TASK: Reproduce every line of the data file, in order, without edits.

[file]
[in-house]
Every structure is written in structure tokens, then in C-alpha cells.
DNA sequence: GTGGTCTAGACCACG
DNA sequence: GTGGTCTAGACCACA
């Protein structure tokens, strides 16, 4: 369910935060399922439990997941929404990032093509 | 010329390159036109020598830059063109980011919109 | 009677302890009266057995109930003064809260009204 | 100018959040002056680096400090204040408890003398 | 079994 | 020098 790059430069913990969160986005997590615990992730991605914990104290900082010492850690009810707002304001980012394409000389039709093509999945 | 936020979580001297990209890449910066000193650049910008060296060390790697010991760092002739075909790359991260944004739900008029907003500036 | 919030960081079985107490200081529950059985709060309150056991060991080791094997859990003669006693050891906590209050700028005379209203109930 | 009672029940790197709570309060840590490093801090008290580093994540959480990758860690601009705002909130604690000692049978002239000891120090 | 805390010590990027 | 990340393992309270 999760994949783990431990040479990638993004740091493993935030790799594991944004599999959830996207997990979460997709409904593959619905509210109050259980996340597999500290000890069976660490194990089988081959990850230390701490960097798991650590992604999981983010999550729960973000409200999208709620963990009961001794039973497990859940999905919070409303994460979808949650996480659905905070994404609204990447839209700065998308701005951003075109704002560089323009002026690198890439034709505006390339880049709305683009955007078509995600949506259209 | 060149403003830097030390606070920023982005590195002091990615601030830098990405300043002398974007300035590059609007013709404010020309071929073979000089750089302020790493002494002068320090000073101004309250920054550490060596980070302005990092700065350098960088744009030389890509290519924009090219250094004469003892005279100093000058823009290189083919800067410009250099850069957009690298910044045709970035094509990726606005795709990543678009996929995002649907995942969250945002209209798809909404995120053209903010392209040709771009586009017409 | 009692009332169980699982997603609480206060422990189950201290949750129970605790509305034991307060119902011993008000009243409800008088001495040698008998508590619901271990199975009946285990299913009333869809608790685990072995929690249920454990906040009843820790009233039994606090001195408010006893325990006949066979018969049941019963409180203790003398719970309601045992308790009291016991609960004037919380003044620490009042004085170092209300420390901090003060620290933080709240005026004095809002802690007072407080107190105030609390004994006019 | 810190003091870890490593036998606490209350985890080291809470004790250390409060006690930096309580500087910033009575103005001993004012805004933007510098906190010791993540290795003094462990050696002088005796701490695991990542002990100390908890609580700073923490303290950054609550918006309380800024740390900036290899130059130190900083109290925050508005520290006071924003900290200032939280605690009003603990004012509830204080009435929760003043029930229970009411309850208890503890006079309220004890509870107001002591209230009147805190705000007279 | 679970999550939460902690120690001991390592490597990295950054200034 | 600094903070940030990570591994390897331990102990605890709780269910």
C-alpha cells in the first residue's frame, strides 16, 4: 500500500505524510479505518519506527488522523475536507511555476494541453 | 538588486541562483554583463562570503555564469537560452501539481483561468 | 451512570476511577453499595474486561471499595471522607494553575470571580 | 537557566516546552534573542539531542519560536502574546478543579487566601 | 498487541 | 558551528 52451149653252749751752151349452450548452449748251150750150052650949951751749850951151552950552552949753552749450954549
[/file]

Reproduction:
[in-house]
Every structure is written in structure tokens, then in C-alpha cells.
DNA sequence: GTGGTCTAGACCACG
DNA sequence: GTGGTCTAGACCACA
């Protein structure tokens, strides 16, 4: 369910935060399922439990997941929404990032093509 | 010329390159036109020598830059063109980011919109 | 009677302890009266057995109930003064809260009204 | 100018959040002056680096400090204040408890003398 | 079994 | 020098 790059430069913990969160986005997590615990992730991605914990104290900082010492850690009810707002304001980012394409000389039709093509999945 | 936020979580001297990209890449910066000193650049910008060296060390790697010991760092002739075909790359991260944004739900008029907003500036 | 919030960081079985107490200081529950059985709060309150056991060991080791094997859990003669006693050891906590209050700028005379209203109930 | 009672029940790197709570309060840590490093801090008290580093994540959480990758860690601009705002909130604690000692049978002239000891120090 | 805390010590990027 | 990340393992309270 999760994949783990431990040479990638993004740091493993935030790799594991944004599999959830996207997990979460997709409904593959619905509210109050259980996340597999500290000890069976660490194990089988081959990850230390701490960097798991650590992604999981983010999550729960973000409200999208709620963990009961001794039973497990859940999905919070409303994460979808949650996480659905905070994404609204990447839209700065998308701005951003075109704002560089323009002026690198890439034709505006390339880049709305683009955007078509995600949506259209 | 060149403003830097030390606070920023982005590195002091990615601030830098990405300043002398974007300035590059609007013709404010020309071929073979000089750089302020790493002494002068320090000073101004309250920054550490060596980070302005990092700065350098960088744009030389890509290519924009090219250094004469003892005279100093000058823009290189083919800067410009250099850069957009690298910044045709970035094509990726606005795709990543678009996929995002649907995942969250945002209209798809909404995120053209903010392209040709771009586009017409 | 009692009332169980699982997603609480206060422990189950201290949750129970605790509305034991307060119902011993008000009243409800008088001495040698008998508590619901271990199975009946285990299913009333869809608790685990072995929690249920454990906040009843820790009233039994606090001195408010006893325990006949066979018969049941019963409180203790003398719970309601045992308790009291016991609960004037919380003044620490009042004085170092209300420390901090003060620290933080709240005026004095809002802690007072407080107190105030609390004994006019 | 810190003091870890490593036998606490209350985890080291809470004790250390409060006690930096309580500087910033009575103005001993004012805004933007510098906190010791993540290795003094462990050696002088005796701490695991990542002990100390908890609580700073923490303290950054609550918006309380800024740390900036290899130059130190900083109290925050508005520290006071924003900290200032939280605690009003603990004012509830204080009435929760003043029930229970009411309850208890503890006079309220004890509870107001002591209230009147805190705000007279 | 679970999550939460902690120690001991390592490597990295950054200034 | 600094903070940030990570591994390897331990102990605890709780269910």
C-alpha cells in the first residue's frame, strides 16, 4: 500500500505524510479505518519506527488522523475536507511555476494541453 | 538588486541562483554583463562570503555564469537560452501539481483561468 | 451512570476511577453499595474486561471499595471522607494553575470571580 | 537557566516546552534573542539531542519560536502574546478543579487566601 | 498487541 | 558551528 52451149653252749751752151349452450548452449748251150750150052650949951751749850951151552950552552949753552749450954549